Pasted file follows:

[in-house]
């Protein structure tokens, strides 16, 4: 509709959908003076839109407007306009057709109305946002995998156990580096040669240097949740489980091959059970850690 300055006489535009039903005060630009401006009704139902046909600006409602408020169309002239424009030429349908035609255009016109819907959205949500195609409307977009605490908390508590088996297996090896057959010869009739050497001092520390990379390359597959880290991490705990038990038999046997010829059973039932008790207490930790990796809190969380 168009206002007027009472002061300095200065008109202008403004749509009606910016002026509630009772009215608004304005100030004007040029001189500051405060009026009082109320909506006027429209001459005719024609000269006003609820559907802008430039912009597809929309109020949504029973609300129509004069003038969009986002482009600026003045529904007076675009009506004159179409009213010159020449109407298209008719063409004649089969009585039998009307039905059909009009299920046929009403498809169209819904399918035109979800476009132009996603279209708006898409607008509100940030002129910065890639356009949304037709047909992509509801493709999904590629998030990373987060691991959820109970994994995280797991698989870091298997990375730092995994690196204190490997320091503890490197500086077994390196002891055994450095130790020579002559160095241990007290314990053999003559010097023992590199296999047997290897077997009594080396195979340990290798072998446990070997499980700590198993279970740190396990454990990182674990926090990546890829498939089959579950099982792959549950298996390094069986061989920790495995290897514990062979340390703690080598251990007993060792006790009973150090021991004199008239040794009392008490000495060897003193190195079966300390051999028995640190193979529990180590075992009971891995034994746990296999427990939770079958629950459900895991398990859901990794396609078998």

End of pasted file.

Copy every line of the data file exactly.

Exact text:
[in-house]
């Protein structure tokens, strides 16, 4: 509709959908003076839109407007306009057709109305946002995998156990580096040669240097949740489980091959059970850690 300055006489535009039903005060630009401006009704139902046909600006409602408020169309002239424009030429349908035609255009016109819907959205949500195609409307977009605490908390508590088996297996090896057959010869009739050497001092520390990379390359597959880290991490705990038990038999046997010829059973039932008790207490930790990796809190969380 168009206002007027009472002061300095200065008109202008403004749509009606910016002026509630009772009215608004304005100030004007040029001189500051405060009026009082109320909506006027429209001459005719024609000269006003609820559907802008430039912009597809929309109020949504029973609300129509004069003038969009986002482009600026003045529904007076675009009506004159179409009213010159020449109407298209008719063409004649089969009585039998009307039905059909009009299920046929009403498809169209819904399918035109979800476009132009996603279209708006898409607008509100940030002129910065890639356009949304037709047909992509509801493709999904590629998030990373987060691991959820109970994994995280797991698989870091298997990375730092995994690196204190490997320091503890490197500086077994390196002891055994450095130790020579002559160095241990007290314990053999003559010097023992590199296999047997290897077997009594080396195979340990290798072998446990070997499980700590198993279970740190396990454990990182674990926090990546890829498939089959579950099982792959549950298996390094069986061989920790495995290897514990062979340390703690080598251990007993060792006790009973150090021991004199008239040794009392008490000495060897003193190195079966300390051999028995640190193979529990180590075992009971891995034994746990296999427990939770079958629950459900895991398990859901990794396609078998």